Weather predictions are an old New Hampshire joke. Start talking about weather predictions, and everyone has a story. The time when we were kids that the weather channel, for weeks, ran a picture of a sun with a raincloud over it and snow falling (this was in August). The time the weather station accidentally predicted tornadoes for a week of what turned out to be sunshine (no one was even the slightest bit alarmed and the locals generally went about their daily business undisturbed). My dad says that when they were kids, every other state finally got its own weather channel, while New Hampshire got an old grumpy man on the television who kept insisting that, “if you want to know the weather, look outside.” And – my father adds – he was right.
If the weather channel is stubborn and obstinate in the face of New Hampshire, it is hopeless in the face of Kentucky in a way that verges on tragic. It wants so badly to help here, you see. It is so sure that it can help, and it is here, every day, clipboards and utterly useless advice at the ready. It insists it will rain for a week straight, whereupon it is ceaselessly, relentlessly sunny, and there I am carrying around a bright yellow umbrella. It predicts sun, and my day by the pool is ruined by intermittent rain. The best course of action on any given day is to plan to stay inside, while being simultaneously prepared at any moment to dash into the great outdoors and enjoy the good weather while it lasts, in increments ranging from 30 seconds to 4 days at a time, generally, before the next unpredictable shift.
I thought of this last night particularly because the predictions called for thunderstorms. I love sleeping to the sound of rain, and have always loved night storms. As a kid, they downed trees and sometimes took out the power, but they were gentle giants, scary in the same delicious way as reading a ghost story with friends in the tent you made in the living room out of blankets and pillows. Here, less so. That storm a few weeks ago that shook the entire building is a good metric for the experiential shift along the coast. Storms rage here. They threaten. They shake their fists violently not at the sky, but from it; not with human fragility and futility, but with a scope and scale that successfully reminds us how small we are. At home in New England, when a big storm was coming, we stocked up on candles. Here, I simply make sure to be home long before it may start, and wait by the phone in case Ben should still be driving.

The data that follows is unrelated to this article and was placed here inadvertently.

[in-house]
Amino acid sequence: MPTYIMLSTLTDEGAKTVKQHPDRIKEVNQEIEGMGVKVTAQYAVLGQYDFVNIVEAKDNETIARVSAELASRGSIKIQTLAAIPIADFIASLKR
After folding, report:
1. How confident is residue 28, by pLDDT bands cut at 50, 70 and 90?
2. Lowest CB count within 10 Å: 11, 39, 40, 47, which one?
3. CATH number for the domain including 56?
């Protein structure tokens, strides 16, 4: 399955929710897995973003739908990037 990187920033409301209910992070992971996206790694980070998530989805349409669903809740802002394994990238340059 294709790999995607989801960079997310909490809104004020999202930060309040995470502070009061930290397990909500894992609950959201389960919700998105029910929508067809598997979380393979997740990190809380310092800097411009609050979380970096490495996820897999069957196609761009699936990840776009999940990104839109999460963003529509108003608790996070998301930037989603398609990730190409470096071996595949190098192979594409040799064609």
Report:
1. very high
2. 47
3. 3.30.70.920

Yesterday, the predictions were fantastically wrong, as is their wont. I went grocery shopping early so I could get home, and overhead, the sky was mostly blue, and the clouds were huge and wet and stacked atop one another, creating oblong shapes with no geometric name, and would have been white, but where the sun was setting, and the light shining through, they were pink in some places, peach and orange in others. And those clouds – those big, bizarre, bumbling, oversized structures – those clouds contained lightning.
As soon as I realized what was happening, I froze in the parking lot, gaping. Every few seconds the clouds would light up from within, flashing and burning, and then fade out just as quickly. No lightning ever emerged, none ever touched down, and the clouds moved on and with them, the threat of the storm. As a researcher, I’m tempted to learn all about them – what clouds like that are called, whether it is really possible for the One Cloud to Rule Them All to contain, within itself, an entire storm, and how or why such a thing would work – but between tornadoes and flash floods and other threats that suggest to me, for the first time, that I am out in the middle and very much at the mercy of nature, I am opting for now to just remain, respectfully, in awe.